When people think of Celtic rock, they often think of the Waterboys or the Pogues. The Elders, with lead singer (and Irishman) Ian Bryne at the helm, bring to mind more of the former and far less of the latter. This group evokes the Levellers and Great Big Sea in some respects, especially during “Send a Prayer”, which has several Celtic instruments in it. Meanwhile, “Bad Irish Boy” is Celtic pop, a mid-tempo and radio-friendly ditty that is quite mainstream and safe. The Elders are content to keep things rather light in terms of the barnstorming, hell-raising quotient, especially during “Dear God”, which features fiddles, accordions, and whistles. The lone exception (and even this is a stretch) that revs things up is the chugging “Cousin Charlie”. The group also can churn out a decent ballad-ish piece with the swaying “Right With the World”. One of the highlights is the tight and catchy “Banshee Cry”, which thakfully has no banshees crying. This is quickly followed-up with the delightful Flogging Molly-lite “Gonna Take a Miracle”. And the high-octane momentum and verve continues during the beer-spilling “Story of a Fish”. The second half finds the Elders in a far better mind than the first half—and a faster, catchy and finely tuned mind at that.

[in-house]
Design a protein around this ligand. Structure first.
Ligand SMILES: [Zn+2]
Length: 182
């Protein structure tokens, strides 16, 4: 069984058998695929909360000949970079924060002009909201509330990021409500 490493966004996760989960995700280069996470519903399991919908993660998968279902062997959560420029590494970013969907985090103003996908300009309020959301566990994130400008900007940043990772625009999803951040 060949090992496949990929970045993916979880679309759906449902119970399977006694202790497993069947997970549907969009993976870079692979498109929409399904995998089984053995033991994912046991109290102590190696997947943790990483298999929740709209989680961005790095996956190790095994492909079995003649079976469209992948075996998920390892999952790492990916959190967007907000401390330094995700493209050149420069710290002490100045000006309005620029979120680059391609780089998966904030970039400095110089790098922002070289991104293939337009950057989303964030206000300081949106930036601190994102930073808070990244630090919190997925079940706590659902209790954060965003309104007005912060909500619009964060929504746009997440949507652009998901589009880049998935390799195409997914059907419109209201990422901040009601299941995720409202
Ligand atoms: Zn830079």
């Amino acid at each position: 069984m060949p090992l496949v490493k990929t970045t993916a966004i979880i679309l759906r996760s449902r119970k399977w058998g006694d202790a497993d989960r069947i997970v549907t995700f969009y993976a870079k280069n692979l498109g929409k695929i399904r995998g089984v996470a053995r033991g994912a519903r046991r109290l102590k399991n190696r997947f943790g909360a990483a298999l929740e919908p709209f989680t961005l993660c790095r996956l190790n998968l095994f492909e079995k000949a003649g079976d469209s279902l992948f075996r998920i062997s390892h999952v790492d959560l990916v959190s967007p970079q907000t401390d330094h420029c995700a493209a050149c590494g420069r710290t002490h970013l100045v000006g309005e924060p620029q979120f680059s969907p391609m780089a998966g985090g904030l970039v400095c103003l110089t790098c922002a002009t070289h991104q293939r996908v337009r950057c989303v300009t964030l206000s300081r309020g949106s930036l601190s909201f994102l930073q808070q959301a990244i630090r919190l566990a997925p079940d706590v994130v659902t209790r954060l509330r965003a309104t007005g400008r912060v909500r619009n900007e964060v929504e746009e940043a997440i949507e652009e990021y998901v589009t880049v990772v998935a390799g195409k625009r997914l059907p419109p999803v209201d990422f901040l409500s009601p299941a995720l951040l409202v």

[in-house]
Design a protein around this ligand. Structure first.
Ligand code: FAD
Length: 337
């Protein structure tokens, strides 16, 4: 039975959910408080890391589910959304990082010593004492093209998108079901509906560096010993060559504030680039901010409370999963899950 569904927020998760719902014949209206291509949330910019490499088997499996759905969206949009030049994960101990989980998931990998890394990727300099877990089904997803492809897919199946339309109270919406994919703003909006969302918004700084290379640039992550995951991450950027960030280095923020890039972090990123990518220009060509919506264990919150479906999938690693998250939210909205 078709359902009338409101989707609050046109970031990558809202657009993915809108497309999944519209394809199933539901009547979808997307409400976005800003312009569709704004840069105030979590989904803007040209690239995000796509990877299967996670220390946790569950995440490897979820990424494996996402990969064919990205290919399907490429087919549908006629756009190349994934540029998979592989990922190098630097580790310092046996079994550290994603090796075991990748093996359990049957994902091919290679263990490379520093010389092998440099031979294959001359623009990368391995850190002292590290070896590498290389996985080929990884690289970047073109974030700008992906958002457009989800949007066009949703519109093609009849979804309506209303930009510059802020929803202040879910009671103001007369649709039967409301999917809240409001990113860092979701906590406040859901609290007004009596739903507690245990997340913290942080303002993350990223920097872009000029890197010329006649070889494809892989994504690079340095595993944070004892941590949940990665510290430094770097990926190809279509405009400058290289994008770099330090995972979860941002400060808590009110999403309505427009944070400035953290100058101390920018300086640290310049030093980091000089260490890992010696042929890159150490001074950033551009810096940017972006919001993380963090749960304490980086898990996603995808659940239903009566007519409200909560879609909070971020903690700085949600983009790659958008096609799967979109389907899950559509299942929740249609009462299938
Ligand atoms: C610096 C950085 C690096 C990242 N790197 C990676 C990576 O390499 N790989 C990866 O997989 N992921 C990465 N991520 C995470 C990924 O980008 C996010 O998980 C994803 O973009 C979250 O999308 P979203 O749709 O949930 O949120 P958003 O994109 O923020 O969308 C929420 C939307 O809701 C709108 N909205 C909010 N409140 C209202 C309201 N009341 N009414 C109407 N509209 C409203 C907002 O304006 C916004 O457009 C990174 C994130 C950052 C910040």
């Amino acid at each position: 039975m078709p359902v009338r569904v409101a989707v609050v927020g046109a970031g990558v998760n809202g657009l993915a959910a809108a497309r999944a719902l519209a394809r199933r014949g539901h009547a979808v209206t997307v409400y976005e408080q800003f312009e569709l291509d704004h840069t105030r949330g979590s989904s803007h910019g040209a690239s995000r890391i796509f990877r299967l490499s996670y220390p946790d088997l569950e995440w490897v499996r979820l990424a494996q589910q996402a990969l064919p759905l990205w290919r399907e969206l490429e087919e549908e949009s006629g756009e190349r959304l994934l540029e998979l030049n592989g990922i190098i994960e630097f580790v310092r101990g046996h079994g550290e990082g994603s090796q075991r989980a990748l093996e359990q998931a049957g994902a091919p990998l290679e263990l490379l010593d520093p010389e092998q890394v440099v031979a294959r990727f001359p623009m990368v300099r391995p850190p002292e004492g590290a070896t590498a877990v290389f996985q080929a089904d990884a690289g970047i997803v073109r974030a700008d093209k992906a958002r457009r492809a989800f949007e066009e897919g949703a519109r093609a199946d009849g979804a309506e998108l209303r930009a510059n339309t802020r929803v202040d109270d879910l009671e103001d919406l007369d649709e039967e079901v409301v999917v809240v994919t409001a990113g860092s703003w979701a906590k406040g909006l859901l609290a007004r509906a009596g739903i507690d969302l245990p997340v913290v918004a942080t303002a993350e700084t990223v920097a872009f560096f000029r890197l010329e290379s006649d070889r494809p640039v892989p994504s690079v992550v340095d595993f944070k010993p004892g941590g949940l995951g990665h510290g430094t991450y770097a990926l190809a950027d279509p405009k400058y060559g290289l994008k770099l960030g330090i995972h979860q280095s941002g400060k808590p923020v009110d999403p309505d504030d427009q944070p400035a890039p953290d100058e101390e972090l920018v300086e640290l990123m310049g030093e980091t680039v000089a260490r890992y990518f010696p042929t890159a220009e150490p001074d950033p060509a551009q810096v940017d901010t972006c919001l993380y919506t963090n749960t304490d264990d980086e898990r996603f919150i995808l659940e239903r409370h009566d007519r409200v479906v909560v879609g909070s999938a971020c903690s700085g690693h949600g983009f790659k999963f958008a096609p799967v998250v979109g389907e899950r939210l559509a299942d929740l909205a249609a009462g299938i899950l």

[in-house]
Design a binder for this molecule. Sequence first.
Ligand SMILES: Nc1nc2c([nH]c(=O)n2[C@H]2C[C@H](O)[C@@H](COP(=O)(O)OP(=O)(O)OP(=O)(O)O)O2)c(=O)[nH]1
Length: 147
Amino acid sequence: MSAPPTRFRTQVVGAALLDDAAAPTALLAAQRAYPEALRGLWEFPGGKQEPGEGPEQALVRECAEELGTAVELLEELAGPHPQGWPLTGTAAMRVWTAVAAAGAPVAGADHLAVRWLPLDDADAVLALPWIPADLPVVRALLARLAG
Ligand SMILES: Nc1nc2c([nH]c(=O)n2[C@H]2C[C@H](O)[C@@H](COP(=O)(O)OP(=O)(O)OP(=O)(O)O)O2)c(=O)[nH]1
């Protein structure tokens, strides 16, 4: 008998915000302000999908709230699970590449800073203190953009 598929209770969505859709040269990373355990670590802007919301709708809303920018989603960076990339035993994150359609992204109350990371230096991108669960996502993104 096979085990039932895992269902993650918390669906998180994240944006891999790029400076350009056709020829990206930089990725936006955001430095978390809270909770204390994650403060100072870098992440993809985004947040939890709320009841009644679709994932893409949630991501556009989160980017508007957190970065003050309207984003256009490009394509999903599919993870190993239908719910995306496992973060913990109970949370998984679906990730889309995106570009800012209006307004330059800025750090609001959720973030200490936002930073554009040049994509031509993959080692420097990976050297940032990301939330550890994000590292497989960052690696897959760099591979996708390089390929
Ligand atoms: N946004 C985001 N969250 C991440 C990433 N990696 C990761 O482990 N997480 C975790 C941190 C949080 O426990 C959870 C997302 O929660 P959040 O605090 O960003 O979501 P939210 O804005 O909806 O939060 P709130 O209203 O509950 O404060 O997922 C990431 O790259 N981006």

- Multiple songs Streaming
We all know how critical it is to keep independent voices alive and strong online. Please consider a donation to support our work as an independent publisher devoted to the arts and humanities. Your donation will help PopMatters stay viable through these changing and challenging times where advertising no longer covers our costs. We need your help to keep PopMatters publishing. Thank you.
// Notes from the Road
"Drive-By Truckers gave a sold out capacity crowd a powerful two hour set filled with scuzzy guitars and deeply political rock.READ the article